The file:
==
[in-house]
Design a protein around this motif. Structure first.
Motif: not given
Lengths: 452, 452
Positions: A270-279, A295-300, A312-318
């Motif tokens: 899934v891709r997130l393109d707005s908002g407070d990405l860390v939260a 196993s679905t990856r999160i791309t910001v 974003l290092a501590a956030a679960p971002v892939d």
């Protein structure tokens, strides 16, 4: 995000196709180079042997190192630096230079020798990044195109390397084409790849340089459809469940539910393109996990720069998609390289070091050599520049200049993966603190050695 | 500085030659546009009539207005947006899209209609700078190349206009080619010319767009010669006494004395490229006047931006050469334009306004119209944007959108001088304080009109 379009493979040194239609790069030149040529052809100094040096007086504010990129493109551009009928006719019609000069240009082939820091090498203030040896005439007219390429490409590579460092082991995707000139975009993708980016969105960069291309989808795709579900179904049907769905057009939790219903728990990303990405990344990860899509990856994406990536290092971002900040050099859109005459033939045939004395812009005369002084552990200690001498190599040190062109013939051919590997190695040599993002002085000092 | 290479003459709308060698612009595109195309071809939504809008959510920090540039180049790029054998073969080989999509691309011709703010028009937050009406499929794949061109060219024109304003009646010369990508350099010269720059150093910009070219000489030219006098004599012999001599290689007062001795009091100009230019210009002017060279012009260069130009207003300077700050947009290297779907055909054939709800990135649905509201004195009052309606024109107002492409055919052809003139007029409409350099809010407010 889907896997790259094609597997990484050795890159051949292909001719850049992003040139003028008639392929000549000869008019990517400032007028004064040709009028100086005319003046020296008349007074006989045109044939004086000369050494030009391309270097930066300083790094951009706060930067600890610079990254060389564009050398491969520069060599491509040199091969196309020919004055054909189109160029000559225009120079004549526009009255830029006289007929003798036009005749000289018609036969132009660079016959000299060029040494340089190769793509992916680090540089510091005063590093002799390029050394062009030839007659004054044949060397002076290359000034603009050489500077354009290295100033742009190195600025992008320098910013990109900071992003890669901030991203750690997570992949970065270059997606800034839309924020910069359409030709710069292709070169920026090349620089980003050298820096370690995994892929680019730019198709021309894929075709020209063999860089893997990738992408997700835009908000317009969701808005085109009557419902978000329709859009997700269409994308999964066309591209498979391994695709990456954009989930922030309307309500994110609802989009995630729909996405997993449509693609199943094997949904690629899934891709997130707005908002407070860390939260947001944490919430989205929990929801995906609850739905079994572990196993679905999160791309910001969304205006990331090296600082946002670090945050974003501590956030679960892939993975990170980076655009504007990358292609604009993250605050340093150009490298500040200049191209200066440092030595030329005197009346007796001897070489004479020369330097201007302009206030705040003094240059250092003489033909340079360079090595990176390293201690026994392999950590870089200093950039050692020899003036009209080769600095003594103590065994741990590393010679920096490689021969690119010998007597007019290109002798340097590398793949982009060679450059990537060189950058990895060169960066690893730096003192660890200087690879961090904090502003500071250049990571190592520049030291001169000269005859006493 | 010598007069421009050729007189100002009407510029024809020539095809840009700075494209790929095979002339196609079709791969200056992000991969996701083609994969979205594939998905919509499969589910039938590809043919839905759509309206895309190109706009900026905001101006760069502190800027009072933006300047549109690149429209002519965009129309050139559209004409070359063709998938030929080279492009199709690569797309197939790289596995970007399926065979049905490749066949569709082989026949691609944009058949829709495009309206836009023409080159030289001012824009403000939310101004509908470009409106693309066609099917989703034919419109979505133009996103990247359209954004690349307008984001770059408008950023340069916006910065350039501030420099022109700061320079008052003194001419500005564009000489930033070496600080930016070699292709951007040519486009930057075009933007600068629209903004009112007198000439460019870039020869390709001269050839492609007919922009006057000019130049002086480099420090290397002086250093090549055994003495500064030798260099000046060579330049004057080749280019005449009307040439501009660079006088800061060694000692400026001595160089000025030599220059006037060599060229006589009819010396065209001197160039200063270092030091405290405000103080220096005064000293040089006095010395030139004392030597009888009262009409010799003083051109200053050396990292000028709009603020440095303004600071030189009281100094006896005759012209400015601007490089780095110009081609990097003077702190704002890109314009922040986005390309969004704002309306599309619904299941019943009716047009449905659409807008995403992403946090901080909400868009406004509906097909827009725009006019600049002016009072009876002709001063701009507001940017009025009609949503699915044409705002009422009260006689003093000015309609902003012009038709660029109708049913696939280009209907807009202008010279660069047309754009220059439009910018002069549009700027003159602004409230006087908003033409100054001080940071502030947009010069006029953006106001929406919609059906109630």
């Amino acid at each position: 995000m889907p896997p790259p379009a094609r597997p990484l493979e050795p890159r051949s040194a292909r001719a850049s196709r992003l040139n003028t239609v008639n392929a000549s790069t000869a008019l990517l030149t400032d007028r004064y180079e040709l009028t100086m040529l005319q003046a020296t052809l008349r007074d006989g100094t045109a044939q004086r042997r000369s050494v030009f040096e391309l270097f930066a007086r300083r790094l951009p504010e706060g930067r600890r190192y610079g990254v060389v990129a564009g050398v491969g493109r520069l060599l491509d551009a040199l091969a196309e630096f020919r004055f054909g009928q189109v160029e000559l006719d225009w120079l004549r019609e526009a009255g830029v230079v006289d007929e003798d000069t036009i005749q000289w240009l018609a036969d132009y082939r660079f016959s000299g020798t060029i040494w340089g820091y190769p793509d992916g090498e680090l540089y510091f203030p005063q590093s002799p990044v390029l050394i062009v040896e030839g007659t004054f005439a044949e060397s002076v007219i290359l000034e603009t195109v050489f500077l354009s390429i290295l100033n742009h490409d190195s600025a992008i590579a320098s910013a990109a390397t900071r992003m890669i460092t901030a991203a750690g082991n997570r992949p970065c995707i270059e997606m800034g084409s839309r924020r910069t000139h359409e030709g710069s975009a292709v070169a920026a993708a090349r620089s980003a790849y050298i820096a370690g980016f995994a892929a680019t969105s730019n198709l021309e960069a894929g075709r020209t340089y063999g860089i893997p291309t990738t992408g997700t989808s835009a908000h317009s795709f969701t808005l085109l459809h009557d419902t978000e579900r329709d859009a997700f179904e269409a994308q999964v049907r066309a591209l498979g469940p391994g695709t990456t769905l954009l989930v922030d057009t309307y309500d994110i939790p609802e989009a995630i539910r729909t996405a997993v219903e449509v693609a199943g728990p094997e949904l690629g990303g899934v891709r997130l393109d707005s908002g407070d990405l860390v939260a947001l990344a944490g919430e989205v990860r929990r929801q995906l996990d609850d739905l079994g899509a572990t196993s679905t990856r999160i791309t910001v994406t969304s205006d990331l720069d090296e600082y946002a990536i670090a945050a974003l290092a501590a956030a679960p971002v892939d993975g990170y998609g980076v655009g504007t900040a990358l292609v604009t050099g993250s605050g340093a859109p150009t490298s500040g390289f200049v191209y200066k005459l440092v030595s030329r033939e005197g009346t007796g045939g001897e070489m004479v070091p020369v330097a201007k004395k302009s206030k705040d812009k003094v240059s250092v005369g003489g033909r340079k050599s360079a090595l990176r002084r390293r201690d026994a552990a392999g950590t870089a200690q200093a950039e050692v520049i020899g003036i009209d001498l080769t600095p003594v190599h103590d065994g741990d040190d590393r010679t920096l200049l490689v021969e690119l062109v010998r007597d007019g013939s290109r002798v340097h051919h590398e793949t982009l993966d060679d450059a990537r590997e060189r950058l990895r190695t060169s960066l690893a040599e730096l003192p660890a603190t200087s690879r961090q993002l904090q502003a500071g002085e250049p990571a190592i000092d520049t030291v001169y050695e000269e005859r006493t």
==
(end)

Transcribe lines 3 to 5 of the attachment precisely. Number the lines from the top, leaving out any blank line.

Motif: not given
Lengths: 452, 452
Positions: A270-279, A295-300, A312-318